Bauhaus Fair Isle finally finished
pattern: Bauhaus Fair Isle by Mary Jane Mucklestone ; yarn: Dalegarn Falk; ravelry project page
Also known at the Never Ending Fair Isle Jumper of DOOM as it took soooo long to finish. I love knitting fair isle, that wasn’t the problem. Part of the problem was running out of yarn & having to order more. The main problem was how unwieldy I found it to knit in top-down sleeves. The work was so big and heavy, too big and heavy to just do the odd row from time to time. I didn’t even want to get it out unless I had a good chunk of time free to work on it. I think that I would generally rather knit in pieces & seam (now I have finally cracked mattress stitch, seaming holds little fear).
Now to try & knit a Valkyrie Vest before Easter ….
I have a new cardigan, complete with zip.
pattern: improvised; yarn: James C Brett Kool Kotton shade KK12; needles: 3.25 mm & 3.75mm rav project page
I made it up as I went along, trying to copy an old cardigan I already own. One of my favourite features of the old cardigan is the two-way zip. After reading up online and with plenty of virtual handholding, I installed my first-ever zip-in-knitting.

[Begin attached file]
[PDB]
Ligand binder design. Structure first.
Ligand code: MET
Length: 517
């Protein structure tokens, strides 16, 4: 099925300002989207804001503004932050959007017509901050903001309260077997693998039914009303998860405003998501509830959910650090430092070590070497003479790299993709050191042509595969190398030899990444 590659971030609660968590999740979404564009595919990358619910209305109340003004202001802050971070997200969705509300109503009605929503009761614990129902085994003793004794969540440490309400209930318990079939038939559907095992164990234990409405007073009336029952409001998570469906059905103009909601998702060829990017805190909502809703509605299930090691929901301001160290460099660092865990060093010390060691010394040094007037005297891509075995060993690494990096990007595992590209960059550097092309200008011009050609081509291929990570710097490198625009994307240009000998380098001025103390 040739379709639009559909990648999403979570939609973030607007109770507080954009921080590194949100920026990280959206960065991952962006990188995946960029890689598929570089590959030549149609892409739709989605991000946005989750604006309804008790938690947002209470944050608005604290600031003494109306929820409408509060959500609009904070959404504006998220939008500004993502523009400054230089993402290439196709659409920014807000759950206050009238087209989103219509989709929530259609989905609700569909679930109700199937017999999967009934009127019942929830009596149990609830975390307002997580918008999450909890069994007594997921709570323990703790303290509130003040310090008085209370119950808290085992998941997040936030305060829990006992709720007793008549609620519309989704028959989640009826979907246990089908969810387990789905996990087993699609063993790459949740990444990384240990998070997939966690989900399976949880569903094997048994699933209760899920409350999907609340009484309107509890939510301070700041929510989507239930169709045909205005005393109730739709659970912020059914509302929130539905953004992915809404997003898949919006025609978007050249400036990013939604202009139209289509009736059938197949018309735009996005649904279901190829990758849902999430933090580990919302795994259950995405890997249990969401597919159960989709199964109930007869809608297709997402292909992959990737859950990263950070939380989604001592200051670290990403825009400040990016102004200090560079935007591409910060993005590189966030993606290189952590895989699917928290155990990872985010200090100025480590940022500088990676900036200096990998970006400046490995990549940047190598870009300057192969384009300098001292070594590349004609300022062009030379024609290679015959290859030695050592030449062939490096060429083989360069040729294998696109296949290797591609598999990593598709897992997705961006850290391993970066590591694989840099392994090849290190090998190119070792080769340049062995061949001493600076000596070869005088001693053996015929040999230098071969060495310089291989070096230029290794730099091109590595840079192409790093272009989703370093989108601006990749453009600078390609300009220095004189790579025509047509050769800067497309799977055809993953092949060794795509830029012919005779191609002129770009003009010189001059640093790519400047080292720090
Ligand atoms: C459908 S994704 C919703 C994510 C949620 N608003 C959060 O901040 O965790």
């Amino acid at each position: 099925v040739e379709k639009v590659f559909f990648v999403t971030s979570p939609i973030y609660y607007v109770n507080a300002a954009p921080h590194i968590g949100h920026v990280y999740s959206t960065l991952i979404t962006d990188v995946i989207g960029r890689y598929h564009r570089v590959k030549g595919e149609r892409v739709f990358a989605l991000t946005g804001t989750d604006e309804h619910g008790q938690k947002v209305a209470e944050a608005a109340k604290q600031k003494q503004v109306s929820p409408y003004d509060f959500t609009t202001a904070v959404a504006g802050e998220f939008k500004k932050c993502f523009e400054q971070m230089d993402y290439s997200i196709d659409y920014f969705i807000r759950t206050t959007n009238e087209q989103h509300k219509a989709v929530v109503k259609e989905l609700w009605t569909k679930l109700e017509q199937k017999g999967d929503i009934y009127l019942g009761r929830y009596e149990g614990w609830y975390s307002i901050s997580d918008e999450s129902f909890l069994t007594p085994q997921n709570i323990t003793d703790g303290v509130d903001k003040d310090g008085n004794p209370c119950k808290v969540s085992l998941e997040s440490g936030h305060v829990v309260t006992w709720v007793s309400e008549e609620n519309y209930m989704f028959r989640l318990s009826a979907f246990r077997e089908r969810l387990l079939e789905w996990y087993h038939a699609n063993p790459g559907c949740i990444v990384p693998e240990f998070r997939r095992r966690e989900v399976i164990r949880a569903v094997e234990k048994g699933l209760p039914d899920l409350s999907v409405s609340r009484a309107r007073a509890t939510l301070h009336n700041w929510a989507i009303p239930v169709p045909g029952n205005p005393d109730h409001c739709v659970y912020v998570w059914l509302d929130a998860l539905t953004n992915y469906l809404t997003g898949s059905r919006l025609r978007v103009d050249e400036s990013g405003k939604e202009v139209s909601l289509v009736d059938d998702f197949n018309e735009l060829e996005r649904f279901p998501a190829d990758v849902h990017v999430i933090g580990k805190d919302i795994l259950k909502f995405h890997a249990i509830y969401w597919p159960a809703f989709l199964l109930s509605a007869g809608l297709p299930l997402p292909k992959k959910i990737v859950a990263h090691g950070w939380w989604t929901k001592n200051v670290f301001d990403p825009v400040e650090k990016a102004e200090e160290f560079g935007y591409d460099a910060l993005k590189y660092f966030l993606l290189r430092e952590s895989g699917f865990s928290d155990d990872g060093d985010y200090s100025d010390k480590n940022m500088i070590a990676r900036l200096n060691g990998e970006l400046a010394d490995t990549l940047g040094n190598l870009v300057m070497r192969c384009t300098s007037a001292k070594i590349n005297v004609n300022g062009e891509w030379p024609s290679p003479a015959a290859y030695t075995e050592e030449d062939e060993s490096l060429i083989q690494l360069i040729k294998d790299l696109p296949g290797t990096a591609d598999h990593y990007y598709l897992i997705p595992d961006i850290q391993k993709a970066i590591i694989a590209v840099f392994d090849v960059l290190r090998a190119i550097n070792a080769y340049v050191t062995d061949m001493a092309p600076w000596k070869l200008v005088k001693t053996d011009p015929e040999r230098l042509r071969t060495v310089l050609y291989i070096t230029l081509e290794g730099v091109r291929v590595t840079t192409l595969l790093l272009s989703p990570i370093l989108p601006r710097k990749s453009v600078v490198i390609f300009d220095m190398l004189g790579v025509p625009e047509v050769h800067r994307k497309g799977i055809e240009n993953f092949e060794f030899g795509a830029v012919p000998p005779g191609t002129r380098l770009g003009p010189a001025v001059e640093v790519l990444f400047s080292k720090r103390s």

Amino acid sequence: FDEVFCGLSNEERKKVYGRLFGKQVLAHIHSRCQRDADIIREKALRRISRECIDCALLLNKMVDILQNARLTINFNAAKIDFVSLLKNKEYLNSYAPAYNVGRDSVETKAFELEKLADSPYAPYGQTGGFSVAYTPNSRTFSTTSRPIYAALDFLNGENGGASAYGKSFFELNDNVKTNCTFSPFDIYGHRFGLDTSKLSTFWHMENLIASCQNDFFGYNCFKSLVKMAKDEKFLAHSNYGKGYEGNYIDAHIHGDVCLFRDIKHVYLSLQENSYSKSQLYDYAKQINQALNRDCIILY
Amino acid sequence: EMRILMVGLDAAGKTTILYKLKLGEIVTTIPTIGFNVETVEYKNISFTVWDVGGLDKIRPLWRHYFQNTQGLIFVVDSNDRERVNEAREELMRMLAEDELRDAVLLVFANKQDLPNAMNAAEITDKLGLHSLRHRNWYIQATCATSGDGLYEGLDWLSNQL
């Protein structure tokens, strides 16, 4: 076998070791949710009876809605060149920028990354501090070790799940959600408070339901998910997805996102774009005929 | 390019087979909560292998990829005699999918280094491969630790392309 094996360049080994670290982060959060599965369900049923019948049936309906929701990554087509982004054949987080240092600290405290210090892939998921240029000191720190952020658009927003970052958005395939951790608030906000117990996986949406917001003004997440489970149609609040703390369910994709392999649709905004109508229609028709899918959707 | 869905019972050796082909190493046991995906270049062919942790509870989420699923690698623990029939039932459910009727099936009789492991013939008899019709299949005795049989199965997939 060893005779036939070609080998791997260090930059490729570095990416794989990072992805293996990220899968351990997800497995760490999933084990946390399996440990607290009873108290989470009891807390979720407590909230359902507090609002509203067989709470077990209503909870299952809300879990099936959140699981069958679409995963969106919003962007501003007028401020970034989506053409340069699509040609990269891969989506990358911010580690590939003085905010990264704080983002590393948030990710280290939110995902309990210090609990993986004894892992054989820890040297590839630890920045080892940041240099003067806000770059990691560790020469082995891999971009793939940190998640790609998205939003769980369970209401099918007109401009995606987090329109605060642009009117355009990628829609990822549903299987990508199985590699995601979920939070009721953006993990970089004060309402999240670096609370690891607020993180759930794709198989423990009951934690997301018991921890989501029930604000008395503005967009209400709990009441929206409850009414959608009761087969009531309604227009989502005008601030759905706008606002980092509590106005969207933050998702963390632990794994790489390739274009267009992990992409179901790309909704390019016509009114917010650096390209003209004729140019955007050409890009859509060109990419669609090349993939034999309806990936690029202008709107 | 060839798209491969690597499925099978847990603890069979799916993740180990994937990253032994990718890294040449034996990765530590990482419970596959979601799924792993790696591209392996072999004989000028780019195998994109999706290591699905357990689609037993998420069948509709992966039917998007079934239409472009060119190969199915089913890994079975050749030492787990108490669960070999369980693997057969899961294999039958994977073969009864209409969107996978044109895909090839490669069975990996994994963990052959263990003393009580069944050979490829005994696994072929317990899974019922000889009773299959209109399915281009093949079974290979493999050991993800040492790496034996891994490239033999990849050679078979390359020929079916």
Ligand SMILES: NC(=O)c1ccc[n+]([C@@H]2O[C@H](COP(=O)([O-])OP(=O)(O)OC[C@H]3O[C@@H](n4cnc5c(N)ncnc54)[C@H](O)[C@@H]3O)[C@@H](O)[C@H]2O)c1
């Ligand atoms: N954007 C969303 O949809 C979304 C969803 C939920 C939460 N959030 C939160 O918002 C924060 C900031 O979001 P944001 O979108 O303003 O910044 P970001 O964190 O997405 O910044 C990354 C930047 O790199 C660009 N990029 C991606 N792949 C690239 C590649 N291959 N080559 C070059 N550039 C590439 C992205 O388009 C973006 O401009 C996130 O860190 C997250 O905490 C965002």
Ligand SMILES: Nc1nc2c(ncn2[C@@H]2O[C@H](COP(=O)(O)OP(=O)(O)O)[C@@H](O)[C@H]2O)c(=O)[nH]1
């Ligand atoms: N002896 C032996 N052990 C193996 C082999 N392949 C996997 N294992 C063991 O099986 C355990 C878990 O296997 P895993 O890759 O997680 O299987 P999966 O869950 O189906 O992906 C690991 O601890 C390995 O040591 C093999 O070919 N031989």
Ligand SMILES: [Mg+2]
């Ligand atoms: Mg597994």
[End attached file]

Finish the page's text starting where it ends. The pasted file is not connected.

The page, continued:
oh and that on my head is my new beret. I have fallen in love with wearing slouchy hats in summer-ish yarns, this latest one is Phannie crocheted from Kool Kotton.
the knitting goddesses have decided to start being kinder to me, and I have been able to make some progress. As Suse suggested I did some charity knitting, pressing on with a project for a fundraising raffle. I love how lace looks all ‘meh’ when you’re knitting it but is transformed by blocking into a thing of beauty. Here is project so far, still very much in the ‘meh’ phase